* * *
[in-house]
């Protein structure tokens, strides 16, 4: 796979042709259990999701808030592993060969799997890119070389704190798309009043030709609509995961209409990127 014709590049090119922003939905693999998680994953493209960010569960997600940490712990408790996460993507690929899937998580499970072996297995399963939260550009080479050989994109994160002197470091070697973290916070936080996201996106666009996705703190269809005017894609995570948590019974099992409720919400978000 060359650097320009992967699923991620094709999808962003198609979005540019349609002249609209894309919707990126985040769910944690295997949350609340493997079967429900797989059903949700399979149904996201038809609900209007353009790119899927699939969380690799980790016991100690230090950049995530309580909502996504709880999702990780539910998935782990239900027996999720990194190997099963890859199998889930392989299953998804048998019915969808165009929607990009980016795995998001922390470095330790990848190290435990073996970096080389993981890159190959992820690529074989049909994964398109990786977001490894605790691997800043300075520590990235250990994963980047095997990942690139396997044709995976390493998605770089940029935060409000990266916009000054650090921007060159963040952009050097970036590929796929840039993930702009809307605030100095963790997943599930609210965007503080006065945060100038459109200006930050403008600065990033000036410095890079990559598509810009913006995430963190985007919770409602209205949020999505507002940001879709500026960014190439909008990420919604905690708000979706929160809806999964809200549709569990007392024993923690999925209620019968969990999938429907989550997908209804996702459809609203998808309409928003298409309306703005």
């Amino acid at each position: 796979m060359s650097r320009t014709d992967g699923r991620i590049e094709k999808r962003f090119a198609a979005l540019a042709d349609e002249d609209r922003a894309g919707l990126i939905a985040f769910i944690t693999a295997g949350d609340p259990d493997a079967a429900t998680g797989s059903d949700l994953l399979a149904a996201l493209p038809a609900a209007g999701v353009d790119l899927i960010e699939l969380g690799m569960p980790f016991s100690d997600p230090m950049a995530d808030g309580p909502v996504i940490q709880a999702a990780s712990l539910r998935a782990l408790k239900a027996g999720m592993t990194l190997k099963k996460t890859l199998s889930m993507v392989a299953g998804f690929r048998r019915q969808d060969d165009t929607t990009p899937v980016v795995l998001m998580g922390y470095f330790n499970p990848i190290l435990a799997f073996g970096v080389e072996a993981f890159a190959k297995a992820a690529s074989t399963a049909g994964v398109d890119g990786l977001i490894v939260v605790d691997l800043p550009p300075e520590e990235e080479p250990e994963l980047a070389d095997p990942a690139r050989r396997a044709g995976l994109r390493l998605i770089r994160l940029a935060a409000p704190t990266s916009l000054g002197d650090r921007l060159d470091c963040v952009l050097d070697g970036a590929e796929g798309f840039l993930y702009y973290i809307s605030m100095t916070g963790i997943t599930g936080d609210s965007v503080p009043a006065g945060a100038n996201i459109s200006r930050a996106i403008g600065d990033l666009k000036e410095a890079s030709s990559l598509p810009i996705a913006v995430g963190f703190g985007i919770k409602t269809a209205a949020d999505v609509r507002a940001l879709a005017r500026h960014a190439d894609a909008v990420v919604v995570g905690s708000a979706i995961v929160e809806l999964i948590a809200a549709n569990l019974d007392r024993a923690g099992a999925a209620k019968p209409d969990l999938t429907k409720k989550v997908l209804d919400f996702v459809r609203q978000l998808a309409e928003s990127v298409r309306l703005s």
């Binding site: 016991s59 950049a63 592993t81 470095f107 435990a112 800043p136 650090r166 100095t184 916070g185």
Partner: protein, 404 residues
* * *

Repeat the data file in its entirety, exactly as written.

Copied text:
[in-house]
């Protein structure tokens, strides 16, 4: 796979042709259990999701808030592993060969799997890119070389704190798309009043030709609509995961209409990127 014709590049090119922003939905693999998680994953493209960010569960997600940490712990408790996460993507690929899937998580499970072996297995399963939260550009080479050989994109994160002197470091070697973290916070936080996201996106666009996705703190269809005017894609995570948590019974099992409720919400978000 060359650097320009992967699923991620094709999808962003198609979005540019349609002249609209894309919707990126985040769910944690295997949350609340493997079967429900797989059903949700399979149904996201038809609900209007353009790119899927699939969380690799980790016991100690230090950049995530309580909502996504709880999702990780539910998935782990239900027996999720990194190997099963890859199998889930392989299953998804048998019915969808165009929607990009980016795995998001922390470095330790990848190290435990073996970096080389993981890159190959992820690529074989049909994964398109990786977001490894605790691997800043300075520590990235250990994963980047095997990942690139396997044709995976390493998605770089940029935060409000990266916009000054650090921007060159963040952009050097970036590929796929840039993930702009809307605030100095963790997943599930609210965007503080006065945060100038459109200006930050403008600065990033000036410095890079990559598509810009913006995430963190985007919770409602209205949020999505507002940001879709500026960014190439909008990420919604905690708000979706929160809806999964809200549709569990007392024993923690999925209620019968969990999938429907989550997908209804996702459809609203998808309409928003298409309306703005």
């Amino acid at each position: 796979m060359s650097r320009t014709d992967g699923r991620i590049e094709k999808r962003f090119a198609a979005l540019a042709d349609e002249d609209r922003a894309g919707l990126i939905a985040f769910i944690t693999a295997g949350d609340p259990d493997a079967a429900t998680g797989s059903d949700l994953l399979a149904a996201l493209p038809a609900a209007g999701v353009d790119l899927i960010e699939l969380g690799m569960p980790f016991s100690d997600p230090m950049a995530d808030g309580p909502v996504i940490q709880a999702a990780s712990l539910r998935a782990l408790k239900a027996g999720m592993t990194l190997k099963k996460t890859l199998s889930m993507v392989a299953g998804f690929r048998r019915q969808d060969d165009t929607t990009p899937v980016v795995l998001m998580g922390y470095f330790n499970p990848i190290l435990a799997f073996g970096v080389e072996a993981f890159a190959k297995a992820a690529s074989t399963a049909g994964v398109d890119g990786l977001i490894v939260v605790d691997l800043p550009p300075e520590e990235e080479p250990e994963l980047a070389d095997p990942a690139r050989r396997a044709g995976l994109r390493l998605i770089r994160l940029a935060a409000p704190t990266s916009l000054g002197d650090r921007l060159d470091c963040v952009l050097d070697g970036a590929e796929g798309f840039l993930y702009y973290i809307s605030m100095t916070g963790i997943t599930g936080d609210s965007v503080p009043a006065g945060a100038n996201i459109s200006r930050a996106i403008g600065d990033l666009k000036e410095a890079s030709s990559l598509p810009i996705a913006v995430g963190f703190g985007i919770k409602t269809a209205a949020d999505v609509r507002a940001l879709a005017r500026h960014a190439d894609a909008v990420v919604v995570g905690s708000a979706i995961v929160e809806l999964i948590a809200a549709n569990l019974d007392r024993a923690g099992a999925a209620k019968p209409d969990l999938t429907k409720k989550v997908l209804d919400f996702v459809r609203q978000l998808a309409e928003s990127v298409r309306l703005s």
């Binding site: 016991s59 950049a63 592993t81 470095f107 435990a112 800043p136 650090r166 100095t184 916070g185």
Partner: protein, 404 residues